New World labeling of Grape Varietals

The world of wines is almost always divided into 2 categories, those from Old World and some of New World.  There are many differences between their approach in viticulture, wine-making and even how they label their finished products.  First of all, New World wines refer to those that were produced in new world countries; in random order, the top seven are: the U.S, Australia, New Zealand, Chile, Argentina, Canada and South Africa.

Les Portes de Bordeaux 2010With heavy emphasis on “Terroir” or Appellation, many Old World nations enforce much stricter regulations on viticulture practices; arguably the most significant restriction is placed on the grape varietals -which varietals are allowed to be grown in particular appellation and even their yield per acre.  It is understandable that labeling their wines centers around the appellation where the grapes were grown in – with some exception such as wines from Alsace, France where varietal labeling is widely used.

On the other hand, wine-makers from New World countries have bigger room to explore and experiment due to more lenient regulations.  California alone boasts more than 100 varietals, over 60% of them are red/black grapes and there is absolutely no restriction on appellations and their prospective varietals.  Wine-makers can plant whatever varietals as they please; it is hard to imagine guessing which varietals there are, had an appellation been the only thing on a label.

Blackford Napa Valley Cabernet Sauvignon 2003There are some guidelines when it comes to varietal labeling and they vary from country to country, even appellation to appellation within a region.

Argentina

  • Indication of origin (appellation) requires 100% of wine produced must come from that region.
  • Grape varietal indication requires at least 85% of such varietal
  • Vintage indication also requires 85%

Australia

  • Indication of origin (appellation) requires 85% of wine produced must come from that region.
  • Grape varietal indication requires at least 85% of such varietal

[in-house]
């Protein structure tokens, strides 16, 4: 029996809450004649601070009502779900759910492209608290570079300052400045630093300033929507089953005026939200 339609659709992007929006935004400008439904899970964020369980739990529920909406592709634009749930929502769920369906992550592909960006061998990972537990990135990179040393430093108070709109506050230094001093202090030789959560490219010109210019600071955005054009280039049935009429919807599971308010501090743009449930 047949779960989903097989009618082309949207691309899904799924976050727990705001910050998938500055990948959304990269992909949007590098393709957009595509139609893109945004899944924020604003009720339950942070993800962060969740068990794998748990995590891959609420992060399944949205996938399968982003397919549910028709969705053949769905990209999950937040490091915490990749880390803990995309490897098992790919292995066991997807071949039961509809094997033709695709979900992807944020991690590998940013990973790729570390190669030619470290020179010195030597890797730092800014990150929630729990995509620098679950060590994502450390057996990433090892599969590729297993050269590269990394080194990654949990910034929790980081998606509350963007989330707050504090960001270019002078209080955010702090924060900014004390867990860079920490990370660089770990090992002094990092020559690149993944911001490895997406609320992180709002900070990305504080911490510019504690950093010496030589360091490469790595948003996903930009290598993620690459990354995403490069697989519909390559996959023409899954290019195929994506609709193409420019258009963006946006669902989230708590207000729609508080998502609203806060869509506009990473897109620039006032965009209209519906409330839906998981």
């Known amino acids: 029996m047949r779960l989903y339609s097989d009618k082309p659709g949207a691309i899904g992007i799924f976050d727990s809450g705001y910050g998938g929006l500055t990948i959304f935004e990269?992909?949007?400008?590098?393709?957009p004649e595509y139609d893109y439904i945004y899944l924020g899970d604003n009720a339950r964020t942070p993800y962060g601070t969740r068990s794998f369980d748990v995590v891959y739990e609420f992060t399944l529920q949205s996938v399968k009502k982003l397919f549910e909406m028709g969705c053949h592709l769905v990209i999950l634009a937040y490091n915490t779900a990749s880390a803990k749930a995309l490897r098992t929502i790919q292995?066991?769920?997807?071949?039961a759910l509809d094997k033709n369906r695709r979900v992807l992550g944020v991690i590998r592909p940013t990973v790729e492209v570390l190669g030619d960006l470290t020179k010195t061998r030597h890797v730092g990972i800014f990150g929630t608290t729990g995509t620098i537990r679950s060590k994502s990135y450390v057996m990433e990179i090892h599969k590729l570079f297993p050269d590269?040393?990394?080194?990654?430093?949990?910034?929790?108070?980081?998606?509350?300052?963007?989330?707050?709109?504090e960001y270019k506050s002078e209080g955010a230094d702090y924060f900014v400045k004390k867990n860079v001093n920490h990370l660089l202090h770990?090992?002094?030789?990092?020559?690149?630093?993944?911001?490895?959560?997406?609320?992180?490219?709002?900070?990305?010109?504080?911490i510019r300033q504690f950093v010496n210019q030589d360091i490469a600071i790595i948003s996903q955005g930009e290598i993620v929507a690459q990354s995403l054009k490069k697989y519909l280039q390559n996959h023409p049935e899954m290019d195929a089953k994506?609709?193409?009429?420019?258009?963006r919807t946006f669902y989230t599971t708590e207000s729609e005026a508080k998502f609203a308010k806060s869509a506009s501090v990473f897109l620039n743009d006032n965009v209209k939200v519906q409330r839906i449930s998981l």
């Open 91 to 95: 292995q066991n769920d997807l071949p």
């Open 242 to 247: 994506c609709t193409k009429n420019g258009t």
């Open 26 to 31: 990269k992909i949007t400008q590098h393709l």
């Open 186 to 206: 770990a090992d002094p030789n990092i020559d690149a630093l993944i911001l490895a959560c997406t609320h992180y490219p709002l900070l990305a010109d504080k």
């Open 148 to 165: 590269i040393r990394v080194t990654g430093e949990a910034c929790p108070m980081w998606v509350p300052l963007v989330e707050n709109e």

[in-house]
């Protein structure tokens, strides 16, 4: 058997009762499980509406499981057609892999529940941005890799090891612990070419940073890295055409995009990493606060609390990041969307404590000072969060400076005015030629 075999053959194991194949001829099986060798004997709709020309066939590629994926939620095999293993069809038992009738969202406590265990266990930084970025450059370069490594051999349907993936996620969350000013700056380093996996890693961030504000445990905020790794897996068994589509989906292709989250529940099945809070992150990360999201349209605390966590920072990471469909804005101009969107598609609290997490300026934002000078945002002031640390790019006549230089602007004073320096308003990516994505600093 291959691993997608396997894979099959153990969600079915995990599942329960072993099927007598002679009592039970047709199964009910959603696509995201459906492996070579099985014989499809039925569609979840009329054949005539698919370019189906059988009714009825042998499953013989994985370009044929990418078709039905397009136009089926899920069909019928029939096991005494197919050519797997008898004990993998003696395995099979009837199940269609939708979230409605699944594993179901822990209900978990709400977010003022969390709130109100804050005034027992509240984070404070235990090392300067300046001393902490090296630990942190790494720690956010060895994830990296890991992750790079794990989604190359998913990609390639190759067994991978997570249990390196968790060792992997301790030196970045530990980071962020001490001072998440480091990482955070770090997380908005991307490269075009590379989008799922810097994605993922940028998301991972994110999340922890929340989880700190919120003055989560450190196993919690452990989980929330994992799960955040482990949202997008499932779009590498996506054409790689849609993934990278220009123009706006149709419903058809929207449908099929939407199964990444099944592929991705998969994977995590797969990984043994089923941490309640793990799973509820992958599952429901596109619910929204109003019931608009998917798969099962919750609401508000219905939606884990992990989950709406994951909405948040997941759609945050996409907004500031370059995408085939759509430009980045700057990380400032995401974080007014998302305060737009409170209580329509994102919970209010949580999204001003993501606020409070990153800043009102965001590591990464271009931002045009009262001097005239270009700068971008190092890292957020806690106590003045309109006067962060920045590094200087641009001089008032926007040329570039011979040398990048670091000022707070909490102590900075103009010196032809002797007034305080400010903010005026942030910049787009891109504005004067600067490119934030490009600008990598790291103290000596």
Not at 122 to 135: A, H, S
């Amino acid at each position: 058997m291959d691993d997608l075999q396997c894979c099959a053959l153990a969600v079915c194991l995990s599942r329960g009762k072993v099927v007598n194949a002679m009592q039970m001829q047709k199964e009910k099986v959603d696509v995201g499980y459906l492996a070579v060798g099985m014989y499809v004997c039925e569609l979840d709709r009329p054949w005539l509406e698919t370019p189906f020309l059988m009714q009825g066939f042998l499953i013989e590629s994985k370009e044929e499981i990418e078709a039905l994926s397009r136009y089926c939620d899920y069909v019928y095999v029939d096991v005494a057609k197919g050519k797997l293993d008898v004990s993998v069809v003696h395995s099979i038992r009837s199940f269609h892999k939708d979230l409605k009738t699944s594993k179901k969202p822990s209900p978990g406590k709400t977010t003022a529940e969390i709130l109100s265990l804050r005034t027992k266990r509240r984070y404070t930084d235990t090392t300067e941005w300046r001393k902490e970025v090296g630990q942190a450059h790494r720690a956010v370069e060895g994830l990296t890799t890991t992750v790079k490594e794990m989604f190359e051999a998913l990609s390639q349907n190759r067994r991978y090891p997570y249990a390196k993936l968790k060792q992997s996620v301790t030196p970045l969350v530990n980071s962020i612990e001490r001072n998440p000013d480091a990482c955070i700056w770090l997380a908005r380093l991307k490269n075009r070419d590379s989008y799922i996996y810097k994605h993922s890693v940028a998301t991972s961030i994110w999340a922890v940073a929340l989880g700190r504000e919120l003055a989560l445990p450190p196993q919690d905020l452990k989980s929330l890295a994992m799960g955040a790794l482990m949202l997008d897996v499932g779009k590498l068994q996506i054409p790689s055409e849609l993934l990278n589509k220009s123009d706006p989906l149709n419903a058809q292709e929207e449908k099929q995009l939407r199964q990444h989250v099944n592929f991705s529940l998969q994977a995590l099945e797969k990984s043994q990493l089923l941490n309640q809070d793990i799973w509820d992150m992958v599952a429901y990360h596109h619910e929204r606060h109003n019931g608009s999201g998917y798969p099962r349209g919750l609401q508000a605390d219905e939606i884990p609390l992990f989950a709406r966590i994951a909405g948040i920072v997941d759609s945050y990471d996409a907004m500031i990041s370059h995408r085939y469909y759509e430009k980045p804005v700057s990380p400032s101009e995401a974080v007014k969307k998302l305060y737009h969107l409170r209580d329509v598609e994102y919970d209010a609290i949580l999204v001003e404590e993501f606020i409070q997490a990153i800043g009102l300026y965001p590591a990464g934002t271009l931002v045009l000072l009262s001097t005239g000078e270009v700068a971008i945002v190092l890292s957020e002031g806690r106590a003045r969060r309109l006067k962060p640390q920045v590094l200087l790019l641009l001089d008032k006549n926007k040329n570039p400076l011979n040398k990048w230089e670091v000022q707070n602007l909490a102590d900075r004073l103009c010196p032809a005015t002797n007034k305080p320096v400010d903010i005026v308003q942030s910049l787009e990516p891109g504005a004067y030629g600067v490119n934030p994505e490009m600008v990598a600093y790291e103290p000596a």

If multiple varietals and appellations were used, descending order of importance must be listed.

Canada

  • Grape varietal indication within a Province requires at least 75% of such varietal; for a specific geographic appellation, it rises up to 85%.
  • Vintage indication requires 95%

Chile

  • 75% (minimum) rule applies for Chilean wines on labeling of varietal, region and vintage.

New Zealand

  • Indication of origin (appellation) requires 75% of wine produced must come from that region.
  • Grape varietal indication requires at least 75% of such varietal

If multiple varietals were used, descending order of importance must be listed.

South Africa

  • Grape varietal indication requires at least 75% of such varietal

The U.S

  • Indication of a state or county requires 75% of wine produced must come from that region; California enforces a highest standard of 100%, while Texas is at 85%.
  • Indication of an AVA (specific appellation) requires 85% of grape coming from such appellation, Oregon is stricter with 90% requirement.  
  • Grape varietal indication requires at least 75% of such varietal; Oregon is again at 90%, except for Cabernet Sauvignon at 75%.
  • Vintage indication also requires 95%

Not only varietal labeling has been a popular practice in New World countries, it is also more approachable for consumers, especially new wine-drinkers.  There is always an exception, premium wineries are going away from varietal labeling, at least for their top wines.  Instead, a proprietary or fictitious name is used, in most cases these wine are so well known and adored they need very little introduction or labeling -Insignia and Opus One to name a few.  

Opus One Napa Valley 2010

Thomas Le, CS.

 

 

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Thomas Le

-Certified Sommelier (CMS)

Napa Reserva -Falling for wine, one sip at a time. TM

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